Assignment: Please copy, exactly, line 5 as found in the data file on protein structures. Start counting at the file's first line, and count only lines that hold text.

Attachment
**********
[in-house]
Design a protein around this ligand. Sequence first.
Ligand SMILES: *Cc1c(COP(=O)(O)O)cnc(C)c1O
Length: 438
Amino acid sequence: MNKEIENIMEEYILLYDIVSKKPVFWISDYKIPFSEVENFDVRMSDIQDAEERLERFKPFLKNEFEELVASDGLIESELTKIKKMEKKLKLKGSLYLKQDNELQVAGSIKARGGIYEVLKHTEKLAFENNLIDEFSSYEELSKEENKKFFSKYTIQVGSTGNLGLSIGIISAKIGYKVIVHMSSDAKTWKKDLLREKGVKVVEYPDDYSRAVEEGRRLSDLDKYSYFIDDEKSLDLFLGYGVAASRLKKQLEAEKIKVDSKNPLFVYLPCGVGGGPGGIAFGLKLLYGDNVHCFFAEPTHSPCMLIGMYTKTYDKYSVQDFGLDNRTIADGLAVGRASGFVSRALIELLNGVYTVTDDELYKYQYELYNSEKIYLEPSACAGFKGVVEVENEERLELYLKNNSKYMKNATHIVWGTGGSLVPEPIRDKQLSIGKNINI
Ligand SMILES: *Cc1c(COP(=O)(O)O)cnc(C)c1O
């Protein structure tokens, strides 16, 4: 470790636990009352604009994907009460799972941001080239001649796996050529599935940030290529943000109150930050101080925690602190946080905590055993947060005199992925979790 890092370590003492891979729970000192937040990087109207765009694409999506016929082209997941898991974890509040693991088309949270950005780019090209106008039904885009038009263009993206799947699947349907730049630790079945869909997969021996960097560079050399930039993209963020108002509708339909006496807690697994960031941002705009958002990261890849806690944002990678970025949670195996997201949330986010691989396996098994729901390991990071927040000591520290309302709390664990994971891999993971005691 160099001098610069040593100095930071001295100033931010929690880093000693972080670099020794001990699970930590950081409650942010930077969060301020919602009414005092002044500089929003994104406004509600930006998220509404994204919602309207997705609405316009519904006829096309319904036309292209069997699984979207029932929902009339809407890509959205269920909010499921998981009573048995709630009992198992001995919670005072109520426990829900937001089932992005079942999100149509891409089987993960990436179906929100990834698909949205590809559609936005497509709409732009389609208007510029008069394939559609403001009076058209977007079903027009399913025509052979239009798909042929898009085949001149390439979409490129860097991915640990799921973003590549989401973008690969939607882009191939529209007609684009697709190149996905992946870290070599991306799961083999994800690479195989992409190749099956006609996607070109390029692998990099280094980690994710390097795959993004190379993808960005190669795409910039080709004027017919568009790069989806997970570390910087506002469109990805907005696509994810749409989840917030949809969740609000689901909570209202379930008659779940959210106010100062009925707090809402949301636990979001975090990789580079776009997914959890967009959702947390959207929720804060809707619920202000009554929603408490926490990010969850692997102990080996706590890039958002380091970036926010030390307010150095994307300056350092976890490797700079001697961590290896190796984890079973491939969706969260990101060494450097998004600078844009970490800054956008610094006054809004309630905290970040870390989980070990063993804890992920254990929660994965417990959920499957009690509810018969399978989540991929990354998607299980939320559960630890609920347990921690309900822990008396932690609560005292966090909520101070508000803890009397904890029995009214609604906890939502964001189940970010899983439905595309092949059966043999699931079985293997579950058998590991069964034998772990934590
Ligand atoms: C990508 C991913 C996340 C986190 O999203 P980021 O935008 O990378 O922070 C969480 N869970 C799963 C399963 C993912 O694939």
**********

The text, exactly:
Amino acid sequence: MNKEIENIMEEYILLYDIVSKKPVFWISDYKIPFSEVENFDVRMSDIQDAEERLERFKPFLKNEFEELVASDGLIESELTKIKKMEKKLKLKGSLYLKQDNELQVAGSIKARGGIYEVLKHTEKLAFENNLIDEFSSYEELSKEENKKFFSKYTIQVGSTGNLGLSIGIISAKIGYKVIVHMSSDAKTWKKDLLREKGVKVVEYPDDYSRAVEEGRRLSDLDKYSYFIDDEKSLDLFLGYGVAASRLKKQLEAEKIKVDSKNPLFVYLPCGVGGGPGGIAFGLKLLYGDNVHCFFAEPTHSPCMLIGMYTKTYDKYSVQDFGLDNRTIADGLAVGRASGFVSRALIELLNGVYTVTDDELYKYQYELYNSEKIYLEPSACAGFKGVVEVENEERLELYLKNNSKYMKNATHIVWGTGGSLVPEPIRDKQLSIGKNINI